All batteries, even those using gel instead of electrolyte lose charging capacity as the time passes. The reason for this is that the chemical breakdown of the connections inevitably takes place leading to the deterioration of the plates and loss of the electrolyte. When your vehicle has start up or charging problems, the vehicle troubleshooting procedure should start with a test of the battery. You do that with a visual check followed by a voltage test. If the battery is ok, other components of the electrical system is probably the reason, but battery problems are by far the most likely reason.
If belt tension is correct, then the next item to check is the alternator itself. You now have two choices - you can test the alternator yourself with a simple test using a voltmeter, or you can have the test performed by a professional. If you choose to do the test yourself, then you will need a DC voltmeter, or a multimeter. Such a unit can be purchased at most auto supply stores, hardware stores, department stores, home improvement stores, etc.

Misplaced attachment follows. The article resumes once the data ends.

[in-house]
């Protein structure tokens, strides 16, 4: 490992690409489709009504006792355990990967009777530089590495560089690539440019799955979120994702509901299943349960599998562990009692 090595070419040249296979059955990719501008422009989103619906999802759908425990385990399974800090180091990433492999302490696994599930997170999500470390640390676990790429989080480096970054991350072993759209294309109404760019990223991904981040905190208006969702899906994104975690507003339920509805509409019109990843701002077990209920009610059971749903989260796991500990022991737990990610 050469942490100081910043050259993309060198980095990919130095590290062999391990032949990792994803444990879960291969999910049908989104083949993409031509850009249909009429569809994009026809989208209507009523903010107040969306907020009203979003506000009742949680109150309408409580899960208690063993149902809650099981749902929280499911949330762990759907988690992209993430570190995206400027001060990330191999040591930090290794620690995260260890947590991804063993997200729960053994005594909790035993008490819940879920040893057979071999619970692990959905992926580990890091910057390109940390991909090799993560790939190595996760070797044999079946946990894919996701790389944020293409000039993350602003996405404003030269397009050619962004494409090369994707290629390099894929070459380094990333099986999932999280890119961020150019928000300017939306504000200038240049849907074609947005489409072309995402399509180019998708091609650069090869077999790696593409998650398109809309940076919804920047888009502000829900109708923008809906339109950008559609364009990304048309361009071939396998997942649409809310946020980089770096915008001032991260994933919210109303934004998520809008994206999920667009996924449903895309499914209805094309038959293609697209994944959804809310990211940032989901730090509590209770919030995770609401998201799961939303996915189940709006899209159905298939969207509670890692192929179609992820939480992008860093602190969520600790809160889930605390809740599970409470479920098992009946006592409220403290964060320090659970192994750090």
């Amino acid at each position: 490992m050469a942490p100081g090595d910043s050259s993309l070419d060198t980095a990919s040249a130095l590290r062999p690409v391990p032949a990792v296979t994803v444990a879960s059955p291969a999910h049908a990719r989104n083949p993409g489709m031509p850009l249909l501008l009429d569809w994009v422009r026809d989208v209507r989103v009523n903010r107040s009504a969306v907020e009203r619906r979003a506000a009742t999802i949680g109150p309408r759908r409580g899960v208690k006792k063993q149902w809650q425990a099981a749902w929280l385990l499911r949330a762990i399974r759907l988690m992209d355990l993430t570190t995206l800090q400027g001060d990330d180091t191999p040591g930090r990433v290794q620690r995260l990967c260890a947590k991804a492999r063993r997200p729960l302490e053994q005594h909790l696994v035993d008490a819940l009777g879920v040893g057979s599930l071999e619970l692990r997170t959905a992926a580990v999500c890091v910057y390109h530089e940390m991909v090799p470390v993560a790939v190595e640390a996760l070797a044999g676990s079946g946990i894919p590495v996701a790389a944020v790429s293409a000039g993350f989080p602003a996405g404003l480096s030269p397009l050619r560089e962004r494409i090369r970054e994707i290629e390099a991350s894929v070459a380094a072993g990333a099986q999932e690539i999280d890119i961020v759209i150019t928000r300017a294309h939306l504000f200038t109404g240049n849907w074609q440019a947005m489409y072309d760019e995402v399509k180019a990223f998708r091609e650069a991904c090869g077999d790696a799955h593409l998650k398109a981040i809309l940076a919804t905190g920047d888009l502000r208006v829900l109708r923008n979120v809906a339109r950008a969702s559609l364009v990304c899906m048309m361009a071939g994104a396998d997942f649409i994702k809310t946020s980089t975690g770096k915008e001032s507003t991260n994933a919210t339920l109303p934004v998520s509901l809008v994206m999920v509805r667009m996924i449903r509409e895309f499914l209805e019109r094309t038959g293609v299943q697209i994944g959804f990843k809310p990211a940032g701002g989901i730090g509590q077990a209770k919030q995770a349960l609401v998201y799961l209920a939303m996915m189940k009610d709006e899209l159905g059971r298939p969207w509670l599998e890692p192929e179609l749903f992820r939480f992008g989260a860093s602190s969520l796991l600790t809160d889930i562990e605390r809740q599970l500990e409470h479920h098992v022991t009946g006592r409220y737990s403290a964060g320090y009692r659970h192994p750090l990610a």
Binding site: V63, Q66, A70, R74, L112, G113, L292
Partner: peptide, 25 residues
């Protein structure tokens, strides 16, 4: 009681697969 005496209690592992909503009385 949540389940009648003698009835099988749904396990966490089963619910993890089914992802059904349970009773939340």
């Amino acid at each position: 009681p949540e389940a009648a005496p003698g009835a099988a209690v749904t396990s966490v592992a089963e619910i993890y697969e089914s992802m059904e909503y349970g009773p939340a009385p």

Seeking the Elusive Electrical Problem. Many times electrical problems are the most elusive, because they can occur intermittently. For example, the car engine may not work properly, but only after the engine warms up. Or the ignition works randomly. Perhaps the engine cuts out without notice while cruising down the highway. Then again, your car might have a faulty alternator or a defective wire.
You can buy these at nearly any auto supply store, and most hardware stores. You will also need an appropriate sized wrench with which to remove the battery terminals. Important: Always disconnect the negative (-) battery terminal first, and reconnect it last. This will help to keep from shorting the battery while connecting or disconnecting the terminals and possibly causing damage andor personal injury.